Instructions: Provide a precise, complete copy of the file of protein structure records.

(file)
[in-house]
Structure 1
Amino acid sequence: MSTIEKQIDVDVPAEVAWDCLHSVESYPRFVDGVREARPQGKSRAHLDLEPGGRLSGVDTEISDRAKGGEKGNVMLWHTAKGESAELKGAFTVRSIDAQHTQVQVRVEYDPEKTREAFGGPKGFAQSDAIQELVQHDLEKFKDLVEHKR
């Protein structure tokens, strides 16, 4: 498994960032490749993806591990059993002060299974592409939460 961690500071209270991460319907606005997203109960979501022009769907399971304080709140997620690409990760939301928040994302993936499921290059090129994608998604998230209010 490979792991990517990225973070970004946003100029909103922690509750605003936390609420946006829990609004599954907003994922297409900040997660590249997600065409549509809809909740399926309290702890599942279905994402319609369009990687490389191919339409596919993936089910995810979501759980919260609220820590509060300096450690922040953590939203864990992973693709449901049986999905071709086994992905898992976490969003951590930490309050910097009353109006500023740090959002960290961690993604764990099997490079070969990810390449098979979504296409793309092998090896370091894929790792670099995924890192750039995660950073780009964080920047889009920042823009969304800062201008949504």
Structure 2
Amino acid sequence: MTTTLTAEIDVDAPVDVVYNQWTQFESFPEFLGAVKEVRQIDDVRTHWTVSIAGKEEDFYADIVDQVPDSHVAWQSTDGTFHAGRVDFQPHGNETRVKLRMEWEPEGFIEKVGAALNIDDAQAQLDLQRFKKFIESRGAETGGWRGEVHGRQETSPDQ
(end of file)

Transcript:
[in-house]
Structure 1
Amino acid sequence: MSTIEKQIDVDVPAEVAWDCLHSVESYPRFVDGVREARPQGKSRAHLDLEPGGRLSGVDTEISDRAKGGEKGNVMLWHTAKGESAELKGAFTVRSIDAQHTQVQVRVEYDPEKTREAFGGPKGFAQSDAIQELVQHDLEKFKDLVEHKR
């Protein structure tokens, strides 16, 4: 498994960032490749993806591990059993002060299974592409939460 961690500071209270991460319907606005997203109960979501022009769907399971304080709140997620690409990760939301928040994302993936499921290059090129994608998604998230209010 490979792991990517990225973070970004946003100029909103922690509750605003936390609420946006829990609004599954907003994922297409900040997660590249997600065409549509809809909740399926309290702890599942279905994402319609369009990687490389191919339409596919993936089910995810979501759980919260609220820590509060300096450690922040953590939203864990992973693709449901049986999905071709086994992905898992976490969003951590930490309050910097009353109006500023740090959002960290961690993604764990099997490079070969990810390449098979979504296409793309092998090896370091894929790792670099995924890192750039995660950073780009964080920047889009920042823009969304800062201008949504």
Structure 2
Amino acid sequence: MTTTLTAEIDVDAPVDVVYNQWTQFESFPEFLGAVKEVRQIDDVRTHWTVSIAGKEEDFYADIVDQVPDSHVAWQSTDGTFHAGRVDFQPHGNETRVKLRMEWEPEGFIEKVGAALNIDDAQAQLDLQRFKKFIESRGAETGGWRGEVHGRQETSPDQ